In one of my columns I wrote about how I'd always had a copy of the book but never got around to reading it. Collector-wise, it wasn't worth much and I ended up selling it (it was a first edition but a later printing). I'd had hopes of finding a 1st/1st and waited patiently... this one came up for just over $200 on eBay a little while ago and I pulled the trigger. It's surprisingly clean for its price and in great shape.

The first printing has some great quirks: favorite author William T. Vollmann's name is spelled incorrectly on the back, and there's an enigmatic ring on the bottom-right corner of the last page of the novel (before the endnotes).

Thrilled to finally call this my own. All that's left is one of the rare hardcovers of The Broom of the System and then I'll be all set!

As always, thanks for reading and I'll see you next month with something new and exciting.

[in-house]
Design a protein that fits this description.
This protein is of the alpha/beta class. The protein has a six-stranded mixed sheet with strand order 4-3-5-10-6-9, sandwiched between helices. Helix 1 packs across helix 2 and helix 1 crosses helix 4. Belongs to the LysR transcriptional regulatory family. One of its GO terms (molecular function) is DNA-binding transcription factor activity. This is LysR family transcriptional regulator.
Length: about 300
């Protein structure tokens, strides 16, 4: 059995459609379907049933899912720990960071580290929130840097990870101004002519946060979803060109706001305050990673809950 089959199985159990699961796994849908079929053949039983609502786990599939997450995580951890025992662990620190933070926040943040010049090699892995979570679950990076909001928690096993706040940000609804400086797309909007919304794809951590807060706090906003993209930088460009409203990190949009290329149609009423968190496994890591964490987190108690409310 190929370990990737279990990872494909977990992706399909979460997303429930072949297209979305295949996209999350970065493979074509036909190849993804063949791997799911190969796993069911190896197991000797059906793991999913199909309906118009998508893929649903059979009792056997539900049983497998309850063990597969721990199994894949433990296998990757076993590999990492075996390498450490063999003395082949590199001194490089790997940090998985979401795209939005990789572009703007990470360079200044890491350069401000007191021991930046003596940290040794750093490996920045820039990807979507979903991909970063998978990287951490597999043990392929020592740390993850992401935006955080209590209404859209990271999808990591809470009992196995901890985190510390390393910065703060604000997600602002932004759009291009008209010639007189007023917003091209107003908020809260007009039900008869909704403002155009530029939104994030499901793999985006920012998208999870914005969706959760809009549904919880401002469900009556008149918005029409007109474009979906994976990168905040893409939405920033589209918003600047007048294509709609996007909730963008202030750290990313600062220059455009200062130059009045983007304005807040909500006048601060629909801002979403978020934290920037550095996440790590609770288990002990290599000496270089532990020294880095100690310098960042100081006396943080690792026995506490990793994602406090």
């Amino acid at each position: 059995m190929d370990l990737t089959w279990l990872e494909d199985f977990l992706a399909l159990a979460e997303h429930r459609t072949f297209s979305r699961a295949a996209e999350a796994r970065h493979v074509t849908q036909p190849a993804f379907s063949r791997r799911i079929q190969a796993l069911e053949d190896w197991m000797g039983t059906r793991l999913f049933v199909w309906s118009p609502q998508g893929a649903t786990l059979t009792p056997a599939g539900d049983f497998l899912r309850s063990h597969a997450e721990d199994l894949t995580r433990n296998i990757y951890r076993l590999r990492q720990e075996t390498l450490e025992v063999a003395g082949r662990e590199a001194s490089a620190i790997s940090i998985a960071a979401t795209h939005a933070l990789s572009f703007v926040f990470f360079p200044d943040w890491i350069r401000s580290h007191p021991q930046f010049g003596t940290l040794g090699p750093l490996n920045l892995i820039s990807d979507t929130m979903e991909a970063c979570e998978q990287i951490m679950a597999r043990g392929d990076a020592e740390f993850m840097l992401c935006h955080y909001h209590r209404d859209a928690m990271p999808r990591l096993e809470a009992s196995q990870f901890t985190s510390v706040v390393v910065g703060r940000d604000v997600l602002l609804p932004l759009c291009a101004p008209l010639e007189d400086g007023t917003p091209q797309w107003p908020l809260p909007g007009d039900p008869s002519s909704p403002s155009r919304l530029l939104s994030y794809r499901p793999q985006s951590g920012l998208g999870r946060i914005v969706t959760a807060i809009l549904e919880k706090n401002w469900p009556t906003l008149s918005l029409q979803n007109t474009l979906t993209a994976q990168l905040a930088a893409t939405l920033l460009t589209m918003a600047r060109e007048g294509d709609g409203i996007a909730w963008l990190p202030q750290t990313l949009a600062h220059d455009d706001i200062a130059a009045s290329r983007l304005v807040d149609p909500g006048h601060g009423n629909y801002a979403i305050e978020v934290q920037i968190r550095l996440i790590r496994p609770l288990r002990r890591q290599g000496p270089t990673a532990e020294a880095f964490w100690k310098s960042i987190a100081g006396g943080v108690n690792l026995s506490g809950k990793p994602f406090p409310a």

Currently reading:
Commotion of the Birds by John Ashbery

Currently listening to:
"Native North America" compilation by Light in the Attic

Sunday, December 18, 2016

La Conquête de l'espace, Atlas by Marcel Broodthaers (MoMA 2016 facsimile edition)

The great Belgian artist Marcel Broodthaers was responsible for some of the most important developments in conceptual art - playfully manipulating both artistic materials and exhibition spaces, his work revolutionized how we as viewers engage with art. Often shelved alongside the Surrealists, I feel Broodthaers is more at home in the realm of philosophy and consider his work a strange sort of visual literary theory. He was a poet until his 40s, and made his debut in the art world by creating a plaster sculpture out of his unsold poetry books (a now-famous publication and sculpture called "Pense-Bête"). Despite some incredible punning sculptures using mussel shells and lumps of coal, he was a poet at heart and has a large body of work that exemplifies this devotion to writing. During his life Broodthaers made a number of wonderful artist's books - I'm particularly fond of a version of Mallarmé's Roll of the Dice he created using engraved aluminum plates, one of which is in the MoMA's permanent collection.